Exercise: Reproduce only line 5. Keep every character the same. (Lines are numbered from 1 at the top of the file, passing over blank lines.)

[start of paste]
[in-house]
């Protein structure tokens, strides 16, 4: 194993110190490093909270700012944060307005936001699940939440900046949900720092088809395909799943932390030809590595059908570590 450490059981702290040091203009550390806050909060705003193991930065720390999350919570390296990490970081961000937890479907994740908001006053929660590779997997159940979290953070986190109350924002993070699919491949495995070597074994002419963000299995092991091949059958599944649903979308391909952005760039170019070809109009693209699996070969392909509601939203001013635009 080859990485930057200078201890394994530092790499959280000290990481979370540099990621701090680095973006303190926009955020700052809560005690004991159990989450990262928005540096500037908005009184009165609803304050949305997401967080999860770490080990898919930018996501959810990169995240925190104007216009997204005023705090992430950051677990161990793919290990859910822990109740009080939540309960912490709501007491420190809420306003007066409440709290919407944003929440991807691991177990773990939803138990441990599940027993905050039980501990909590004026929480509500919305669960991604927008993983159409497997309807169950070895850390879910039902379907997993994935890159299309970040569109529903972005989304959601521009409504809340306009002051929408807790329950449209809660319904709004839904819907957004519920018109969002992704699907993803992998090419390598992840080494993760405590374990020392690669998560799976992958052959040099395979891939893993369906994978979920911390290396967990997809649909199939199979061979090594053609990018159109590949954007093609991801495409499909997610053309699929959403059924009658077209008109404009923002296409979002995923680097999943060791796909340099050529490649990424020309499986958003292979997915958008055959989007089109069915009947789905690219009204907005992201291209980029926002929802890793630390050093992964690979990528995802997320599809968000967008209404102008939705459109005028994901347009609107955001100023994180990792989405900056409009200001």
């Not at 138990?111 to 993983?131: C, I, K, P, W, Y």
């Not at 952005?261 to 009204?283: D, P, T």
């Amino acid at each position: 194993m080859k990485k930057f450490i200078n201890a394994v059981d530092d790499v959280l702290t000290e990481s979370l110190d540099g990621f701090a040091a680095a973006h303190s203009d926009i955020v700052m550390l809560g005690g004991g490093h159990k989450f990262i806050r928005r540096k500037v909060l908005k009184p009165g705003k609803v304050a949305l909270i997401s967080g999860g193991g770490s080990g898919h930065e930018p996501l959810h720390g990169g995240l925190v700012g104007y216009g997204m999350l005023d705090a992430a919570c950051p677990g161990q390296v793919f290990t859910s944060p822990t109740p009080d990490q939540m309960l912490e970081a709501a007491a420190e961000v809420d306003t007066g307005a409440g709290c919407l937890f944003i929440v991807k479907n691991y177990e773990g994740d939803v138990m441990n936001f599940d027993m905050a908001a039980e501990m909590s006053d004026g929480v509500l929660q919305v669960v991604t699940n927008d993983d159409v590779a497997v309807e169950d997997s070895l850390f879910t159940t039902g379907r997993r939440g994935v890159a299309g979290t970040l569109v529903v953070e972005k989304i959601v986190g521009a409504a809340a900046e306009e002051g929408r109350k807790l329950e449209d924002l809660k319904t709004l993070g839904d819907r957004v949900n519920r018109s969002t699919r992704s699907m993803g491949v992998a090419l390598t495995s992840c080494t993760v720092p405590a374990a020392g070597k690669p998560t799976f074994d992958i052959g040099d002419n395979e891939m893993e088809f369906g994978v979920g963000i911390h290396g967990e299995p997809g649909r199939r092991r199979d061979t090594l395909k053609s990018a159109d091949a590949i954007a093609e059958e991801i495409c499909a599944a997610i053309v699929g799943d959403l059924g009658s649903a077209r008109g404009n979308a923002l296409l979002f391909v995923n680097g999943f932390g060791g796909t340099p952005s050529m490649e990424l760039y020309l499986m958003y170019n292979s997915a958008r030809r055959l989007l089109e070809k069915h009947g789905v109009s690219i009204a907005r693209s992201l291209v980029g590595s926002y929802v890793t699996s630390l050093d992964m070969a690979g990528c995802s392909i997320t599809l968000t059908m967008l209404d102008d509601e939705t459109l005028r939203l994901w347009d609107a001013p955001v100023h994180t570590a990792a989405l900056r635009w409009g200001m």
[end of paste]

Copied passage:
């Amino acid at each position: 194993m080859k990485k930057f450490i200078n201890a394994v059981d530092d790499v959280l702290t000290e990481s979370l110190d540099g990621f701090a040091a680095a973006h303190s203009d926009i955020v700052m550390l809560g005690g004991g490093h159990k989450f990262i806050r928005r540096k500037v909060l908005k009184p009165g705003k609803v304050a949305l909270i997401s967080g999860g193991g770490s080990g898919h930065e930018p996501l959810h720390g990169g995240l925190v700012g104007y216009g997204m999350l005023d705090a992430a919570c950051p677990g161990q390296v793919f290990t859910s944060p822990t109740p009080d990490q939540m309960l912490e970081a709501a007491a420190e961000v809420d306003t007066g307005a409440g709290c919407l937890f944003i929440v991807k479907n691991y177990e773990g994740d939803v138990m441990n936001f599940d027993m905050a908001a039980e501990m909590s006053d004026g929480v509500l929660q919305v669960v991604t699940n927008d993983d159409v590779a497997v309807e169950d997997s070895l850390f879910t159940t039902g379907r997993r939440g994935v890159a299309g979290t970040l569109v529903v953070e972005k989304i959601v986190g521009a409504a809340a900046e306009e002051g929408r109350k807790l329950e449209d924002l809660k319904t709004l993070g839904d819907r957004v949900n519920r018109s969002t699919r992704s699907m993803g491949v992998a090419l390598t495995s992840c080494t993760v720092p405590a374990a020392g070597k690669p998560t799976f074994d992958i052959g040099d002419n395979e891939m893993e088809f369906g994978v979920g963000i911390h290396g967990e299995p997809g649909r199939r092991r199979d061979t090594l395909k053609s990018a159109d091949a590949i954007a093609e059958e991801i495409c499909a599944a997610i053309v699929g799943d959403l059924g009658s649903a077209r008109g404009n979308a923002l296409l979002f391909v995923n680097g999943f932390g060791g796909t340099p952005s050529m490649e990424l760039y020309l499986m958003y170019n292979s997915a958008r030809r055959l989007l089109e070809k069915h009947g789905v109009s690219i009204a907005r693209s992201l291209v980029g590595s926002y929802v890793t699996s630390l050093d992964m070969a690979g990528c995802s392909i997320t599809l968000t059908m967008l209404d102008d509601e939705t459109l005028r939203l994901w347009d609107a001013p955001v100023h994180t570590a990792a989405l900056r635009w409009g200001m």